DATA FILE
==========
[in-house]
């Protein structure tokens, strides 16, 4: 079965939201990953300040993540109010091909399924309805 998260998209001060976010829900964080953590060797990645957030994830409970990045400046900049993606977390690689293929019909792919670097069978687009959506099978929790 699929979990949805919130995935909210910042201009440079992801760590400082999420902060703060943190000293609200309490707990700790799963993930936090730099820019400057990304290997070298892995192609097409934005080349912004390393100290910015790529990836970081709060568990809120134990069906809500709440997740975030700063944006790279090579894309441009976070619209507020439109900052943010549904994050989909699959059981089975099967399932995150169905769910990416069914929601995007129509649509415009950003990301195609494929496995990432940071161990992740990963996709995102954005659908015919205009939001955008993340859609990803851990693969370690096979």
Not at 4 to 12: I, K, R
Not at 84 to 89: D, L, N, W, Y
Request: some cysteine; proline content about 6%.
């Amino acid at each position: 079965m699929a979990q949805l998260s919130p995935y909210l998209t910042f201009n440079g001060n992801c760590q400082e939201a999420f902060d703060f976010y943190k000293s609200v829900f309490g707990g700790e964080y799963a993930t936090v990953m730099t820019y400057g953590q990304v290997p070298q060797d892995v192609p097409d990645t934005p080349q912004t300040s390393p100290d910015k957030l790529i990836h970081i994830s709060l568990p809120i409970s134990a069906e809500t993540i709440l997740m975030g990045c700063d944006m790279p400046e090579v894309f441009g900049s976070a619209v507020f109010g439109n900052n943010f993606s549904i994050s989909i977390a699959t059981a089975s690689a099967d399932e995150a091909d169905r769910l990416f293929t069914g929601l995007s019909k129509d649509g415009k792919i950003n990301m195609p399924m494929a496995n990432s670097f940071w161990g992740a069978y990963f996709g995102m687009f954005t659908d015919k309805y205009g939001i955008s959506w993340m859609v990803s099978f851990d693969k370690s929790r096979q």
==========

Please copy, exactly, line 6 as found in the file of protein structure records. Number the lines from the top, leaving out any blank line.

């Amino acid at each position: 079965m699929a979990q949805l998260s919130p995935y909210l998209t910042f201009n440079g001060n992801c760590q400082e939201a999420f902060d703060f976010y943190k000293s609200v829900f309490g707990g700790e964080y799963a993930t936090v990953m730099t820019y400057g953590q990304v290997p070298q060797d892995v192609p097409d990645t934005p080349q912004t300040s390393p100290d910015k957030l790529i990836h970081i994830s709060l568990p809120i409970s134990a069906e809500t993540i709440l997740m975030g990045c700063d944006m790279p400046e090579v894309f441009g900049s976070a619209v507020f109010g439109n900052n943010f993606s549904i994050s989909i977390a699959t059981a089975s690689a099967d399932e995150a091909d169905r769910l990416f293929t069914g929601l995007s019909k129509d649509g415009k792919i950003n990301m195609p399924m494929a496995n990432s670097f940071w161990g992740a069978y990963f996709g995102m687009f954005t659908d015919k309805y205009g939001i955008s959506w993340m859609v990803s099978f851990d693969k370690s929790r096979q």